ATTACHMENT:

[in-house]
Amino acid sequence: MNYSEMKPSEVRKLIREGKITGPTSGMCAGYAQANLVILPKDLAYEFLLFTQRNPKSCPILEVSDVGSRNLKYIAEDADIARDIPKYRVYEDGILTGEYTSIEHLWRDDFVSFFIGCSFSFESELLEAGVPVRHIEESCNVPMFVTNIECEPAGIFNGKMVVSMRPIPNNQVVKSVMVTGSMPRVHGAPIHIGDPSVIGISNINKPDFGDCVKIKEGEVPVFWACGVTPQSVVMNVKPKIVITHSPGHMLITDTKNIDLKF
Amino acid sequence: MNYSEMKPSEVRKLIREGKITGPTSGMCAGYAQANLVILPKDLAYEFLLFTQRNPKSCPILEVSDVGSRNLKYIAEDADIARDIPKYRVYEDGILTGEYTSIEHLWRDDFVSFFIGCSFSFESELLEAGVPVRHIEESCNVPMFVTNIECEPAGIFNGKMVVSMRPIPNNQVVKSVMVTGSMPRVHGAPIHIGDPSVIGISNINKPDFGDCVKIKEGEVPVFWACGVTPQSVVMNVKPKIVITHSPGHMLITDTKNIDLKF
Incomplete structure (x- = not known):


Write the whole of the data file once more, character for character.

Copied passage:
[in-house]
Amino acid sequence: MNYSEMKPSEVRKLIREGKITGPTSGMCAGYAQANLVILPKDLAYEFLLFTQRNPKSCPILEVSDVGSRNLKYIAEDADIARDIPKYRVYEDGILTGEYTSIEHLWRDDFVSFFIGCSFSFESELLEAGVPVRHIEESCNVPMFVTNIECEPAGIFNGKMVVSMRPIPNNQVVKSVMVTGSMPRVHGAPIHIGDPSVIGISNINKPDFGDCVKIKEGEVPVFWACGVTPQSVVMNVKPKIVITHSPGHMLITDTKNIDLKF
Amino acid sequence: MNYSEMKPSEVRKLIREGKITGPTSGMCAGYAQANLVILPKDLAYEFLLFTQRNPKSCPILEVSDVGSRNLKYIAEDADIARDIPKYRVYEDGILTGEYTSIEHLWRDDFVSFFIGCSFSFESELLEAGVPVRHIEESCNVPMFVTNIECEPAGIFNGKMVVSMRPIPNNQVVKSVMVTGSMPRVHGAPIHIGDPSVIGISNINKPDFGDCVKIKEGEVPVFWACGVTPQSVVMNVKPKIVITHSPGHMLITDTKNIDLKF
Incomplete structure (x- = not known):